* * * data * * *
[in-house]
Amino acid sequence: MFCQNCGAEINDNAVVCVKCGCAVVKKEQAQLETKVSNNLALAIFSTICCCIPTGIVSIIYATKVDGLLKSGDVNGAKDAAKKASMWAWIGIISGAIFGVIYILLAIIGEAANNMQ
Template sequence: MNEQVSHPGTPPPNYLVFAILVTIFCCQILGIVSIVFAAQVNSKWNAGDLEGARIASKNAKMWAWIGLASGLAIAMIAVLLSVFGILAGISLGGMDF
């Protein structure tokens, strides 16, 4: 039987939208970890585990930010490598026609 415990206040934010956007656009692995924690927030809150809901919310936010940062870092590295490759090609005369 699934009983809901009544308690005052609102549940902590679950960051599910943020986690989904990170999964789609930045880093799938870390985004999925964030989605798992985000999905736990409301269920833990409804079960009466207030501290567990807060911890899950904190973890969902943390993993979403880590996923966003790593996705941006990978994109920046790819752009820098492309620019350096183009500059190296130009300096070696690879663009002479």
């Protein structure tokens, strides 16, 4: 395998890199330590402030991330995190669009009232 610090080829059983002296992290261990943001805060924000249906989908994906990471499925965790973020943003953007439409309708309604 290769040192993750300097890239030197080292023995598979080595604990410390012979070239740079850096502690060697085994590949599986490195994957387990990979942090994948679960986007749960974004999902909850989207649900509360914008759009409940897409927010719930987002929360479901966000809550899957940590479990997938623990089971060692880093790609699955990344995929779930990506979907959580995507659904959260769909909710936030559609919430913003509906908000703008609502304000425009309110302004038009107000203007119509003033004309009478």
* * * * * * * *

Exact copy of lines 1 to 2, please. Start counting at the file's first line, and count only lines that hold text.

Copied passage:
[in-house]
Amino acid sequence: MFCQNCGAEINDNAVVCVKCGCAVVKKEQAQLETKVSNNLALAIFSTICCCIPTGIVSIIYATKVDGLLKSGDVNGAKDAAKKASMWAWIGIISGAIFGVIYILLAIIGEAANNMQ